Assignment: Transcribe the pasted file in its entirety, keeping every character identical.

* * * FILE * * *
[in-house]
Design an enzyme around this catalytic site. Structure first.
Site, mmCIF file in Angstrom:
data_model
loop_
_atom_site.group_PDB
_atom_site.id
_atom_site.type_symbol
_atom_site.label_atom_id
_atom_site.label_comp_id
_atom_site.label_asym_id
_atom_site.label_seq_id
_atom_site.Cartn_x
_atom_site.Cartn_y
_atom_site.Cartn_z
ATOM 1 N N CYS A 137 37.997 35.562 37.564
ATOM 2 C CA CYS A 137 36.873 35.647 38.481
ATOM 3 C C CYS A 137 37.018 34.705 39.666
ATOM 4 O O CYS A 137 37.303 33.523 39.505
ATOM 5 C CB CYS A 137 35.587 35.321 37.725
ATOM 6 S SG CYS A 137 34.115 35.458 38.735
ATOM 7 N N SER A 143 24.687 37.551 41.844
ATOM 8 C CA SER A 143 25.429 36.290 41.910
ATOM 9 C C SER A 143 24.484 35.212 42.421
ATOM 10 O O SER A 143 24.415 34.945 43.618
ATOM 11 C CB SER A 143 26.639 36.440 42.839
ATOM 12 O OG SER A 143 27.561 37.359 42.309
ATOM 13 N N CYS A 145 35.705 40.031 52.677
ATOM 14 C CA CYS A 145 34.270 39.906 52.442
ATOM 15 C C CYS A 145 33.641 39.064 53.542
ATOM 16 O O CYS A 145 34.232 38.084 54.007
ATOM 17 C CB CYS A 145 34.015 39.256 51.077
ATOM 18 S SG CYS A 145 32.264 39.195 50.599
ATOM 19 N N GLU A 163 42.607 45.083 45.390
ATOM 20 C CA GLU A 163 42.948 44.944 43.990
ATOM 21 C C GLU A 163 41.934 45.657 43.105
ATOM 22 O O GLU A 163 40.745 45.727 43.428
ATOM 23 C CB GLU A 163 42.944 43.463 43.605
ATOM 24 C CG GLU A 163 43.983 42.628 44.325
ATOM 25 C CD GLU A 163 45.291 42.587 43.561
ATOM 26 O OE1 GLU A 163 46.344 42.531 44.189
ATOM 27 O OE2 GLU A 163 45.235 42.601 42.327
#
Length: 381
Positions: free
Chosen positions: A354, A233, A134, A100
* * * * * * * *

[in-house]
Design an enzyme around this catalytic site. Structure first.
Site, mmCIF file in Angstrom:
data_model
loop_
_atom_site.group_PDB
_atom_site.id
_atom_site.type_symbol
_atom_site.label_atom_id
_atom_site.label_comp_id
_atom_site.label_asym_id
_atom_site.label_seq_id
_atom_site.Cartn_x
_atom_site.Cartn_y
_atom_site.Cartn_z
ATOM 1 N N CYS A 137 37.997 35.562 37.564
ATOM 2 C CA CYS A 137 36.873 35.647 38.481
ATOM 3 C C CYS A 137 37.018 34.705 39.666
ATOM 4 O O CYS A 137 37.303 33.523 39.505
ATOM 5 C CB CYS A 137 35.587 35.321 37.725
ATOM 6 S SG CYS A 137 34.115 35.458 38.735
ATOM 7 N N SER A 143 24.687 37.551 41.844
ATOM 8 C CA SER A 143 25.429 36.290 41.910
ATOM 9 C C SER A 143 24.484 35.212 42.421
ATOM 10 O O SER A 143 24.415 34.945 43.618
ATOM 11 C CB SER A 143 26.639 36.440 42.839
ATOM 12 O OG SER A 143 27.561 37.359 42.309
ATOM 13 N N CYS A 145 35.705 40.031 52.677
ATOM 14 C CA CYS A 145 34.270 39.906 52.442
ATOM 15 C C CYS A 145 33.641 39.064 53.542
ATOM 16 O O CYS A 145 34.232 38.084 54.007
ATOM 17 C CB CYS A 145 34.015 39.256 51.077
ATOM 18 S SG CYS A 145 32.264 39.195 50.599
ATOM 19 N N GLU A 163 42.607 45.083 45.390
ATOM 20 C CA GLU A 163 42.948 44.944 43.990
ATOM 21 C C GLU A 163 41.934 45.657 43.105
ATOM 22 O O GLU A 163 40.745 45.727 43.428
ATOM 23 C CB GLU A 163 42.944 43.463 43.605
ATOM 24 C CG GLU A 163 43.983 42.628 44.325
ATOM 25 C CD GLU A 163 45.291 42.587 43.561
ATOM 26 O OE1 GLU A 163 46.344 42.531 44.189
ATOM 27 O OE2 GLU A 163 45.235 42.601 42.327
#
Length: 381
Positions: free
Chosen positions: A354, A233, A134, A100